I officiated at a wedding late afternoon and stepped inside for a few minutes to check the time. By chance, I checked my cell phone. There were two missed calls, from Vielhuber family members. The second missed call was Rick’s mom. She left a message saying our 61-year-old brother-in-law had passed away.

Dan was a farmer. With his son, Andy, they ran crop land and did some custom farming. Dan raised bees for about 50 years and enjoyed helping others learn the art of raising bees. The last few years, he had also had an apple orchard. Dan got stuck in a wet field on Saturday. A neighbor stopped to help him. When the tractor was unstuck, Dan got out and said he needed to catch his breath. Shortly after this, he went down. Despite being in the country, the ambulance crew arrived very quickly. They performed CPR and took him to the hospital. But Dan slipped away and received his eternal reward.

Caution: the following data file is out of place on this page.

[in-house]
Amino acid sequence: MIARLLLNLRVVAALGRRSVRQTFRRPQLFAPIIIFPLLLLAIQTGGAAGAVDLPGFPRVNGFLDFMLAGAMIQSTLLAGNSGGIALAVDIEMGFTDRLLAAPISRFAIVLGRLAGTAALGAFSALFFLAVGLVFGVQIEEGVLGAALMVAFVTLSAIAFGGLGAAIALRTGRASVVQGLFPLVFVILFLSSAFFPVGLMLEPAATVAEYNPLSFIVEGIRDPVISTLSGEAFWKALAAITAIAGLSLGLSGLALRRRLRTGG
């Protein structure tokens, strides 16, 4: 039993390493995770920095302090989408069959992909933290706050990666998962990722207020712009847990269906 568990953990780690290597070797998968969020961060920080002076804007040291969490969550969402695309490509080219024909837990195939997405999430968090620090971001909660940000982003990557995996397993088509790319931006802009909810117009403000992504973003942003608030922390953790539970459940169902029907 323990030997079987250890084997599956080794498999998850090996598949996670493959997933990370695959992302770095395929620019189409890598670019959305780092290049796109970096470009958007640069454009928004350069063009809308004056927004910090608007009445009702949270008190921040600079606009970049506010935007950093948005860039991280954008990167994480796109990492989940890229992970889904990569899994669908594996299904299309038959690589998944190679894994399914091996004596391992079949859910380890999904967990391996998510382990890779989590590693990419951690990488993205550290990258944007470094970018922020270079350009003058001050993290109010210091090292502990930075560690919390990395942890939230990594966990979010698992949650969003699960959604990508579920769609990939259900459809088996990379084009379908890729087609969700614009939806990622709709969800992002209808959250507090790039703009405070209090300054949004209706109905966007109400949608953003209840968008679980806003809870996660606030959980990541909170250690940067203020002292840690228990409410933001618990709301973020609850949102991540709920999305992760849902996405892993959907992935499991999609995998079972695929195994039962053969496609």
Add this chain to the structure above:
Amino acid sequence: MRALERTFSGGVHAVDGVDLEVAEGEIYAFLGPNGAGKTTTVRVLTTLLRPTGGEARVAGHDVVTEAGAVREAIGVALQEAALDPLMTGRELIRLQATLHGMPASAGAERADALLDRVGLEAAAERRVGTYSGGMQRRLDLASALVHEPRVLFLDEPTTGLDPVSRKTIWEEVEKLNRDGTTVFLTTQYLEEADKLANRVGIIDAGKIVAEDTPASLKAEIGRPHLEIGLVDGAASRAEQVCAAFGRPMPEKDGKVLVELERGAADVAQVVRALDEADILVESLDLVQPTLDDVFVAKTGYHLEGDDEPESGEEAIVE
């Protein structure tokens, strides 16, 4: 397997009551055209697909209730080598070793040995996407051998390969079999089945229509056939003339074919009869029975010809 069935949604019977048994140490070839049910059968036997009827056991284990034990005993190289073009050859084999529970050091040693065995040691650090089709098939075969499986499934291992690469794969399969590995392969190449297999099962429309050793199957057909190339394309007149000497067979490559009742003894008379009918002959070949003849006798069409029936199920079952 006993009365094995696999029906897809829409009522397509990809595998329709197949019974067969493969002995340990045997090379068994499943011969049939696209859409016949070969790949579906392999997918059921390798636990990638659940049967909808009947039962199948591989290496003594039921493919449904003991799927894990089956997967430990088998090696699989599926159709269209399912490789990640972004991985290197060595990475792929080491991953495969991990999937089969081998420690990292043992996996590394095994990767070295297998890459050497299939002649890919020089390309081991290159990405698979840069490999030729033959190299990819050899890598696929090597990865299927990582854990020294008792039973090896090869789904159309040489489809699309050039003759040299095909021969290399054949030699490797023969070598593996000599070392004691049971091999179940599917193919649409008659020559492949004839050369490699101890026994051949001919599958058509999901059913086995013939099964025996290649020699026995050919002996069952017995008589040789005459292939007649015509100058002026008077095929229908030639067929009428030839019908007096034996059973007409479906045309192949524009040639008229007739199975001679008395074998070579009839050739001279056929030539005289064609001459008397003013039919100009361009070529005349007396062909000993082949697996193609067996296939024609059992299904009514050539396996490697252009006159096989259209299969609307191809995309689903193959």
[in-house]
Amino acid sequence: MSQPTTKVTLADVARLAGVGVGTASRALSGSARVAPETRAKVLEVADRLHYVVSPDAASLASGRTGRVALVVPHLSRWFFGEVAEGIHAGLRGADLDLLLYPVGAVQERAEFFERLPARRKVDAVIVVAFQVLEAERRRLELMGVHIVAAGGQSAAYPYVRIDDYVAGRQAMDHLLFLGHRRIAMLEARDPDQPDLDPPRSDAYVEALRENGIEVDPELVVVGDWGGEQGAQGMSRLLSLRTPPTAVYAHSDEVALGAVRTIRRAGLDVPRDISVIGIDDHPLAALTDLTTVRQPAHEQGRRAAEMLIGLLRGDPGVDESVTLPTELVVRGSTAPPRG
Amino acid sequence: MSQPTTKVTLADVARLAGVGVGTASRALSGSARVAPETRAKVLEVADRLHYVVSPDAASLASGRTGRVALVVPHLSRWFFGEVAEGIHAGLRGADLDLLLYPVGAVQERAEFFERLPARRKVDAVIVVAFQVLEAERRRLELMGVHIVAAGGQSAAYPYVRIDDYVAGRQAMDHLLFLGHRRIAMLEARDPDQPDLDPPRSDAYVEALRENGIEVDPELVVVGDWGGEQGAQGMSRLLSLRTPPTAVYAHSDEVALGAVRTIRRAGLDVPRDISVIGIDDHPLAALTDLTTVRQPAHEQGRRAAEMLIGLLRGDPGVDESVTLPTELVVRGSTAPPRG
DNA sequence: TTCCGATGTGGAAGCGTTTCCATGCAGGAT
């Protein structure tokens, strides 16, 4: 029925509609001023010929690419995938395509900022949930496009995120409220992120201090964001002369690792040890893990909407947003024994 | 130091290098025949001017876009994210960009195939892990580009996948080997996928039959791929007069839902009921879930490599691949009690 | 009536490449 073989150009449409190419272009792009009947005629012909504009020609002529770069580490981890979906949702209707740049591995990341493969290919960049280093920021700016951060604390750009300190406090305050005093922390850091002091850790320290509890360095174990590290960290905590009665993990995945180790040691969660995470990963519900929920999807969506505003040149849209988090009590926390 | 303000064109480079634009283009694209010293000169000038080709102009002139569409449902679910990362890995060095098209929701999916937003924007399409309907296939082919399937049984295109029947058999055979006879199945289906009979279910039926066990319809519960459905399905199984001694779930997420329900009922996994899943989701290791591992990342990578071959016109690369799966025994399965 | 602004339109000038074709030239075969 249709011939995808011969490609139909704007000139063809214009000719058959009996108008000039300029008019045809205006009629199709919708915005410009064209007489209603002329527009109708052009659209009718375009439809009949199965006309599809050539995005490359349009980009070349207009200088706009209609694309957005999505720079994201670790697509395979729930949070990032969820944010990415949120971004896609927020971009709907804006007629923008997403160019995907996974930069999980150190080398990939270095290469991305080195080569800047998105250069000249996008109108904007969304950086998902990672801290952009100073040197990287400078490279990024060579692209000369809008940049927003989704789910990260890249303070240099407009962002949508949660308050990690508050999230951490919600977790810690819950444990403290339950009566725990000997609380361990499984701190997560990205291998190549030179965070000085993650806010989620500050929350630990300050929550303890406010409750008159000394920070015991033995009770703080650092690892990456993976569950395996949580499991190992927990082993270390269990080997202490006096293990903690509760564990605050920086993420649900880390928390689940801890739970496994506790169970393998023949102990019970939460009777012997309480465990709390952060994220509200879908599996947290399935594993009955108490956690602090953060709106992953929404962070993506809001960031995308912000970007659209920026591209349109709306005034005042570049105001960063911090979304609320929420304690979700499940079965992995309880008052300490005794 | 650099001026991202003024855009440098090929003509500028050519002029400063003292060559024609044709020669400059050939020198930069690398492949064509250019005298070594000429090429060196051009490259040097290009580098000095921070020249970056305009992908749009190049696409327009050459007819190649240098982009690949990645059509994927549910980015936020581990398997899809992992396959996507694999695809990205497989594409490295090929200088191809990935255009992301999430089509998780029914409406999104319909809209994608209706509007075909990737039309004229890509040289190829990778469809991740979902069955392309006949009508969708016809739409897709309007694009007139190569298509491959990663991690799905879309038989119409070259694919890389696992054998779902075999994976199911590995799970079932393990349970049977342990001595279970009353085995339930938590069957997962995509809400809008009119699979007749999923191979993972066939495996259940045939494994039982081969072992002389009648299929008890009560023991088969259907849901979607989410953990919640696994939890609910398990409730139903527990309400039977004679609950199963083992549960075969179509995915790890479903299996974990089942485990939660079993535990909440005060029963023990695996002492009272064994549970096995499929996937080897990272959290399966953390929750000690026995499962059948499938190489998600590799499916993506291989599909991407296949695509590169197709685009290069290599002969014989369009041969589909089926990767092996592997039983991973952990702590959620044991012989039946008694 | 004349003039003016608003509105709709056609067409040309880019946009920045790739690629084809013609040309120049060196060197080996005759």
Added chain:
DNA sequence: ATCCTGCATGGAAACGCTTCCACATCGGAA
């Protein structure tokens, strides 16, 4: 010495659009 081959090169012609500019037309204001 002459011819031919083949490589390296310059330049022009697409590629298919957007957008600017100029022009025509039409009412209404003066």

Rick’s sister Judy was in Milwaukee visiting her daughter and family. Rick and I got ourselves together and headed north. I was caught up in trying to find our nephew Andy and figuring out the absolute latest time I could leave to get to Spring Green for the wedding. As I was driving, a few miles from the farm, Rick reached over, took my hand and began to pray. He thanked God for the beautiful day and Dan’s life. He asked God to give us the words when there really are no words and that our presence would be enough. Winding through the Baraboo bluff, it was my husband who remembered to pray and ended up being the pastor to me.